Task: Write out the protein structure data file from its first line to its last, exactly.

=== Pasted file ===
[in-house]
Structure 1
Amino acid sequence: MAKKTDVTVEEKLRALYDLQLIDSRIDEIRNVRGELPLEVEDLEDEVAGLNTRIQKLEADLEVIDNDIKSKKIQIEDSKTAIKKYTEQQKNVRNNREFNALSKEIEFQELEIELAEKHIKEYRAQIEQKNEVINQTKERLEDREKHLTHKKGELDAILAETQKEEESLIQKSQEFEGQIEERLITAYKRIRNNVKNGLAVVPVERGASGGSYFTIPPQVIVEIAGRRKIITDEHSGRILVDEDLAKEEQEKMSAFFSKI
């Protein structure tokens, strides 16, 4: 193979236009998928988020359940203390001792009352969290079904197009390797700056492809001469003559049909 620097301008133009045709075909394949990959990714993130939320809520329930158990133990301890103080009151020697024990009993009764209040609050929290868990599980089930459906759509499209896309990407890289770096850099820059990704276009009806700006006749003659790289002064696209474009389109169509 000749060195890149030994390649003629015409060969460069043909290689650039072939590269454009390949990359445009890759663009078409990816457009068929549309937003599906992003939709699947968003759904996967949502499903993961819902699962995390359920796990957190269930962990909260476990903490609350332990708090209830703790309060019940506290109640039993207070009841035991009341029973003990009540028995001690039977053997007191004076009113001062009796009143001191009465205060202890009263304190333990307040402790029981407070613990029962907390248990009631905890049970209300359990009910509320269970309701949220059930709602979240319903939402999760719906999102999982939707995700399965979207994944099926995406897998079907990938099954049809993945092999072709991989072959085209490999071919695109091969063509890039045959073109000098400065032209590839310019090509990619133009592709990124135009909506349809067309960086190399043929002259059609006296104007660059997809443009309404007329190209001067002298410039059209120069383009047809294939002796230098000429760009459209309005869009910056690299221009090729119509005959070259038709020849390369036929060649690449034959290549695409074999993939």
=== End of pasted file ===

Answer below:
[in-house]
Structure 1
Amino acid sequence: MAKKTDVTVEEKLRALYDLQLIDSRIDEIRNVRGELPLEVEDLEDEVAGLNTRIQKLEADLEVIDNDIKSKKIQIEDSKTAIKKYTEQQKNVRNNREFNALSKEIEFQELEIELAEKHIKEYRAQIEQKNEVINQTKERLEDREKHLTHKKGELDAILAETQKEEESLIQKSQEFEGQIEERLITAYKRIRNNVKNGLAVVPVERGASGGSYFTIPPQVIVEIAGRRKIITDEHSGRILVDEDLAKEEQEKMSAFFSKI
């Protein structure tokens, strides 16, 4: 193979236009998928988020359940203390001792009352969290079904197009390797700056492809001469003559049909 620097301008133009045709075909394949990959990714993130939320809520329930158990133990301890103080009151020697024990009993009764209040609050929290868990599980089930459906759509499209896309990407890289770096850099820059990704276009009806700006006749003659790289002064696209474009389109169509 000749060195890149030994390649003629015409060969460069043909290689650039072939590269454009390949990359445009890759663009078409990816457009068929549309937003599906992003939709699947968003759904996967949502499903993961819902699962995390359920796990957190269930962990909260476990903490609350332990708090209830703790309060019940506290109640039993207070009841035991009341029973003990009540028995001690039977053997007191004076009113001062009796009143001191009465205060202890009263304190333990307040402790029981407070613990029962907390248990009631905890049970209300359990009910509320269970309701949220059930709602979240319903939402999760719906999102999982939707995700399965979207994944099926995406897998079907990938099954049809993945092999072709991989072959085209490999071919695109091969063509890039045959073109000098400065032209590839310019090509990619133009592709990124135009909506349809067309960086190399043929002259059609006296104007660059997809443009309404007329190209001067002298410039059209120069383009047809294939002796230098000429760009459209309005869009910056690299221009090729119509005959070259038709020849390369036929060649690449034959290549695409074999993939």